Brexit the most dangerous thing for Northern Ireland since partition, says Colum Eastwood
Brexit is the most "dangerous thing for Northern Ireland since partition", the leader of the SDLP has warned.
Colum Eastwood told a UTV pre-election debate that any attempts to introduce a hard border between Northern Ireland and the Republic would be "economically and politically damaging".
He said: "We have a lot of work to do to defend Northern Ireland, to defend our citizens against the ravages of what is vast becoming a hard Tory Brexit."
The DUP's Arlene Foster admitted that her party received donations after registering as one of the parties campaigning to leave the European Union.
"We registered as one of the parties campaigning to leave the European Union and we received donations. Those donations have been given to the electoral commission and they will be very clear for everybody to see," she said.
When pushed for details about the donations, she would only say they were "from an organisation in England that wants to see the Union kept and make sure we can have a United Kingdom".
Sinn Fein leader Michelle O'Neill described Brexit as being "absolutely catastrophic for the island of Ireland".
She said: "It is going to undermine the Good Friday Agreement. It is going to be the major conversation over the next number of years.
"The British government are not going to dictate their negotiations on what happens post-Brexit. The Irish government needs to step up to the plate."
Alliance leader Naomi Long accused the DUP and UUP of failing "at the first hurdle".
"You wouldn't support an amendment in Westminster that would have ensured any Brexit was compliant with the Good Friday Agreement. Borders in Ireland are sensitive and people need to be sensitive to it."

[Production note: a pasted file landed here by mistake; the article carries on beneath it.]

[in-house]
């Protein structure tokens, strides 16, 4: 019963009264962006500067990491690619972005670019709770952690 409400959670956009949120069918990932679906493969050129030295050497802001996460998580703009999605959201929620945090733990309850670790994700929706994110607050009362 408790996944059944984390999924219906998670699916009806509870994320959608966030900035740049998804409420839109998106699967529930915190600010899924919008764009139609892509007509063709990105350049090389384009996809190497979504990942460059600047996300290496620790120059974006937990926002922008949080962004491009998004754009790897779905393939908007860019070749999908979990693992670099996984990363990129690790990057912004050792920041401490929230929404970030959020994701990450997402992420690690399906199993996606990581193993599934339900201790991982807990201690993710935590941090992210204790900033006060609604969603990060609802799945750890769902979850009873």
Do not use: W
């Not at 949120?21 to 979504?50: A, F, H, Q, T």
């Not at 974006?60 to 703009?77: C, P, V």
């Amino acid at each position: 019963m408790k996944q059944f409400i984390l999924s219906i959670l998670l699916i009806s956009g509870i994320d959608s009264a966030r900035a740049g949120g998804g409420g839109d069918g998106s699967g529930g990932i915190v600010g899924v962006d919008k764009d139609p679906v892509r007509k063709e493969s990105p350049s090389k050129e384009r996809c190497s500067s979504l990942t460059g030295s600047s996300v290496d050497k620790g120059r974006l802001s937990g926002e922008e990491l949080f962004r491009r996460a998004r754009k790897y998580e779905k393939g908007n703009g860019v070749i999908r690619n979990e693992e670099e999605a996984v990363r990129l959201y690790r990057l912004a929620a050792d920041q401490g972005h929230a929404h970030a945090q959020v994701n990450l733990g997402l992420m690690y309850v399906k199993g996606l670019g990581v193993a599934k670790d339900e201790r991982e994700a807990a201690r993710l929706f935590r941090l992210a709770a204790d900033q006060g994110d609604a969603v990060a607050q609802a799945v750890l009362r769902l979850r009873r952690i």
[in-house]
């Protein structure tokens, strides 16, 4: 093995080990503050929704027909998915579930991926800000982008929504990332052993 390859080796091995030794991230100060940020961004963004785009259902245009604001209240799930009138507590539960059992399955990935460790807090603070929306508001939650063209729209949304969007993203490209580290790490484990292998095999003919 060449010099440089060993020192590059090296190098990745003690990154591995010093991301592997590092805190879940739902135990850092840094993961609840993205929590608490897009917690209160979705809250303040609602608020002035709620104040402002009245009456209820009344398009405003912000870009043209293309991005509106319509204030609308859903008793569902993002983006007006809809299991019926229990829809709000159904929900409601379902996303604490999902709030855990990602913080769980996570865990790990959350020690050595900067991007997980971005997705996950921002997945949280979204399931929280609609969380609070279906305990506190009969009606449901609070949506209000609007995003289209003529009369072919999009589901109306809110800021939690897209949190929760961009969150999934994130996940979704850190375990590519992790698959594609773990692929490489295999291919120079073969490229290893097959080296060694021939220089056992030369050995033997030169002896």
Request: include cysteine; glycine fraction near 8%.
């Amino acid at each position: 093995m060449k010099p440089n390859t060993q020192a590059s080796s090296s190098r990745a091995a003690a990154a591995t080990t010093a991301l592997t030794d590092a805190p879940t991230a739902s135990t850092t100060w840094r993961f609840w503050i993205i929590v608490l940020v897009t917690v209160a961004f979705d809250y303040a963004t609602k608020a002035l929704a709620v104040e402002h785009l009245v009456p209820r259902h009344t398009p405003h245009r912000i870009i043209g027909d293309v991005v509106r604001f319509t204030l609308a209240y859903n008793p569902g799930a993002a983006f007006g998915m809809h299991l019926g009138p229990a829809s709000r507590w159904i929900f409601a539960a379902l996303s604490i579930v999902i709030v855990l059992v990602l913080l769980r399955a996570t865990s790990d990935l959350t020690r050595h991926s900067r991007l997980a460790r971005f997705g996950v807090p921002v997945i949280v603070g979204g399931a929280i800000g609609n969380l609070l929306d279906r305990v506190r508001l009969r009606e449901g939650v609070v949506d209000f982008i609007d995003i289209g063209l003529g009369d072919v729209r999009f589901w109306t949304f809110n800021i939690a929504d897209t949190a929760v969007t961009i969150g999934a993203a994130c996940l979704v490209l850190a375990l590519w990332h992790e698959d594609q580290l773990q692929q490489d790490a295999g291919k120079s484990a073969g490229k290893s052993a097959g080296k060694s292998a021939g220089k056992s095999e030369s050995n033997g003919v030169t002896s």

Concern over the impact of Brexit in Northern Ireland has intensified after Irish Finance Minister Michael Noonan admitted that customs officials in the Republic are looking at "contingencies".
He said the Government does not envisage having customs posts on the border, and neither does London - but warned that it depends on the Brexit negotiations.
Mr Noonan said: "Even though it is the intent of the two jurisdictions involved we still have to get it across the line in Europe and that might be five or six years down the line ... Customs are looking at contingency in the event of where the negotiations may land."
He admitted the contingency plans amid reports that Government officials were scoping out locations for the return of full "red and green channel" customs checkpoints.
They included crossings in Louth, Monaghan, Cavan, Leitrim, and Donegal, with particular focus on the M1.
The Taoiseach's position is that there will be no hard border.
Enda Kenny said recently: "I am confident that the European Union will not bring us back to a border of division."